MD high court reaffirms right to counsel in civil contempt cases
While a state may have many statutes, court decisions, or court rules governing appointment of counsel for a particular subject area, a "Key Development" is a statute/decision/rule that prevails over the others (example: a state high court decision finding a categorical right to counsel in guardianships cases takes precedence over a statute saying appointment in guardianship cases is discretionary).
09/25/2013, Litigation, Civil Contempt in Family Court
In DeWolfe v. Richmond, the Court of Appeals of Maryland, which is Maryland's highest court, addressed the right to counsel in bail proceedings. As part of its opinion, it stated, "we have reaffirmed that the right attaches in any proceeding that may result in the defendant's incarceration", and cited to Rutherford v. Rutherford. 296 Md. 347, 464 A.2d 228 (1983), which had found a due process right to counsel in civil contempt proceedings under both the federal and state constitutions. Although the United States Supreme Court held in Turner v. Rogers that counsel is not automatically required in civil contempt cases (at least where the state is not the plaintiff), the DeWolfe Court's reliance on Rutherford suggests that Rutherford is now good law under the state constitution.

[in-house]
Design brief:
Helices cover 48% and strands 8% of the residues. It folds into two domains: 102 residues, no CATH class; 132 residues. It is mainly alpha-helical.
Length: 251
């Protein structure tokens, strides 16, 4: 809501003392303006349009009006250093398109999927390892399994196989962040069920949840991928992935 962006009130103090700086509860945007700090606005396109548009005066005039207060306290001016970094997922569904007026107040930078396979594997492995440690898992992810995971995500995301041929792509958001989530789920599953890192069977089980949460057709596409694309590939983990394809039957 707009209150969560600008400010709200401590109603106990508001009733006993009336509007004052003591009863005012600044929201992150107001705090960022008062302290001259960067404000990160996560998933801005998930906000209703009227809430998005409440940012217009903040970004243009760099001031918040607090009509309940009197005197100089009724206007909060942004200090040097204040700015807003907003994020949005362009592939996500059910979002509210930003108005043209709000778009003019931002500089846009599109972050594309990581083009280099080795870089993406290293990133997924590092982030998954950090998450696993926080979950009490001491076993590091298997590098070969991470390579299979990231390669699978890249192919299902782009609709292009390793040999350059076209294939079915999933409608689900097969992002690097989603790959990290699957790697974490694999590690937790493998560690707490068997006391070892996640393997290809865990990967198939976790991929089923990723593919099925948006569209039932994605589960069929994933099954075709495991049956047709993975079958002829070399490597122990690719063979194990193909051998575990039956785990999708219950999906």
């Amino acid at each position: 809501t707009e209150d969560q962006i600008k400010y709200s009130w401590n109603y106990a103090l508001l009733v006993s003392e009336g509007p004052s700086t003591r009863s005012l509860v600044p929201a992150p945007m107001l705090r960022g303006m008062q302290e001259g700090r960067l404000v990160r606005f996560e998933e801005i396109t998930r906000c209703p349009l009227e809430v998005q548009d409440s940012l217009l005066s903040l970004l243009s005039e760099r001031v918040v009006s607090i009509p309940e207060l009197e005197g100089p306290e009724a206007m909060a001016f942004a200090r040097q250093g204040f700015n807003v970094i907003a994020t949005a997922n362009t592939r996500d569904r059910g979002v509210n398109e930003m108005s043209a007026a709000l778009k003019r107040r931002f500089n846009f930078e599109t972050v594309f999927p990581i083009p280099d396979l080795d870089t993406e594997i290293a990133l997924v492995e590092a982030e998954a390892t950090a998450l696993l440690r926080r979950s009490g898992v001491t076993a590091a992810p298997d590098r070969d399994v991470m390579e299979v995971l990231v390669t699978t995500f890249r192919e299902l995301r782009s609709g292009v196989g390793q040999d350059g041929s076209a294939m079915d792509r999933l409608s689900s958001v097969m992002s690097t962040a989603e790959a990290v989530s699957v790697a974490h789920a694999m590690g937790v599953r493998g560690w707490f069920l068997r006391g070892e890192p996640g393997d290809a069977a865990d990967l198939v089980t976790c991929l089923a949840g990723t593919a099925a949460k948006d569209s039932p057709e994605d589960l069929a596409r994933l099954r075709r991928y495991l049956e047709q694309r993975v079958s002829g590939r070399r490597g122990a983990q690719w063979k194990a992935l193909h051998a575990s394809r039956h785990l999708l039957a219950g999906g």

Cite: DeWolfe v. Richmond, 76 A.3d 1019 (Md. 2013).
If "yes", the established right to counsel or discretionary appointment of counsel is limited in some way, including any of: the only authority is a lower/intermediate court decision or a city council, not a high court or state legislature; there has been a subsequent case that has cast doubt; a statute is ambiguous; or the right or discretionary appointment is not for all types of individuals or proceedings within that category.
Appointment of Counsel: categorical Qualified: no